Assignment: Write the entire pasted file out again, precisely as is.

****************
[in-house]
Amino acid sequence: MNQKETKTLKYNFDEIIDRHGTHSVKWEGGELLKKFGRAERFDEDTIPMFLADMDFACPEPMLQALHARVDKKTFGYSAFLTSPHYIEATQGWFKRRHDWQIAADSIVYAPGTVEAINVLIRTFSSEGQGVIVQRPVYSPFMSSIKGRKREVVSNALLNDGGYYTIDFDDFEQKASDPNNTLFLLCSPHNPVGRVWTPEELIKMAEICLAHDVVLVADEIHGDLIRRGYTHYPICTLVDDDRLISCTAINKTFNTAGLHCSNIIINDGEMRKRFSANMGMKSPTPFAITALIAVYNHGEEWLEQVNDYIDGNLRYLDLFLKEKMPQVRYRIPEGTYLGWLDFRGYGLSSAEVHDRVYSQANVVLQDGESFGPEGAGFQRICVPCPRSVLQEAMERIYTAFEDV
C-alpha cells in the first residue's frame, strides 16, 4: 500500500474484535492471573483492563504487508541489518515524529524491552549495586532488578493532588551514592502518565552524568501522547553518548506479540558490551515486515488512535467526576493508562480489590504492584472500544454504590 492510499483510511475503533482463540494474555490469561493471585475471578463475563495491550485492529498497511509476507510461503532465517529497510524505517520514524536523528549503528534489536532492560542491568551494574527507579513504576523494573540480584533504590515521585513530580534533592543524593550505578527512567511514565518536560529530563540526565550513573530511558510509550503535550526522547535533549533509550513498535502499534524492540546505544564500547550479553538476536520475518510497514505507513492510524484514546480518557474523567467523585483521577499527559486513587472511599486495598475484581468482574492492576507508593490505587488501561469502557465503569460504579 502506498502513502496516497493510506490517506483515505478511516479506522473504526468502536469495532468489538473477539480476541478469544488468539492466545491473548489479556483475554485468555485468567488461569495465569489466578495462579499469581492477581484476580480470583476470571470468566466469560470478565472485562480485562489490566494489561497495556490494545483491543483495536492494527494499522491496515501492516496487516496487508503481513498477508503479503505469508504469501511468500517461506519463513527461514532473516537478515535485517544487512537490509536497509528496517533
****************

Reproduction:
[in-house]
Amino acid sequence: MNQKETKTLKYNFDEIIDRHGTHSVKWEGGELLKKFGRAERFDEDTIPMFLADMDFACPEPMLQALHARVDKKTFGYSAFLTSPHYIEATQGWFKRRHDWQIAADSIVYAPGTVEAINVLIRTFSSEGQGVIVQRPVYSPFMSSIKGRKREVVSNALLNDGGYYTIDFDDFEQKASDPNNTLFLLCSPHNPVGRVWTPEELIKMAEICLAHDVVLVADEIHGDLIRRGYTHYPICTLVDDDRLISCTAINKTFNTAGLHCSNIIINDGEMRKRFSANMGMKSPTPFAITALIAVYNHGEEWLEQVNDYIDGNLRYLDLFLKEKMPQVRYRIPEGTYLGWLDFRGYGLSSAEVHDRVYSQANVVLQDGESFGPEGAGFQRICVPCPRSVLQEAMERIYTAFEDV
C-alpha cells in the first residue's frame, strides 16, 4: 500500500474484535492471573483492563504487508541489518515524529524491552549495586532488578493532588551514592502518565552524568501522547553518548506479540558490551515486515488512535467526576493508562480489590504492584472500544454504590 492510499483510511475503533482463540494474555490469561493471585475471578463475563495491550485492529498497511509476507510461503532465517529497510524505517520514524536523528549503528534489536532492560542491568551494574527507579513504576523494573540480584533504590515521585513530580534533592543524593550505578527512567511514565518536560529530563540526565550513573530511558510509550503535550526522547535533549533509550513498535502499534524492540546505544564500547550479553538476536520475518510497514505507513492510524484514546480518557474523567467523585483521577499527559486513587472511599486495598475484581468482574492492576507508593490505587488501561469502557465503569460504579 502506498502513502496516497493510506490517506483515505478511516479506522473504526468502536469495532468489538473477539480476541478469544488468539492466545491473548489479556483475554485468555485468567488461569495465569489466578495462579499469581492477581484476580480470583476470571470468566466469560470478565472485562480485562489490566494489561497495556490494545483491543483495536492494527494499522491496515501492516496487516496487508503481513498477508503479503505469508504469501511468500517461506519463513527461514532473516537478515535485517544487512537490509536497509528496517533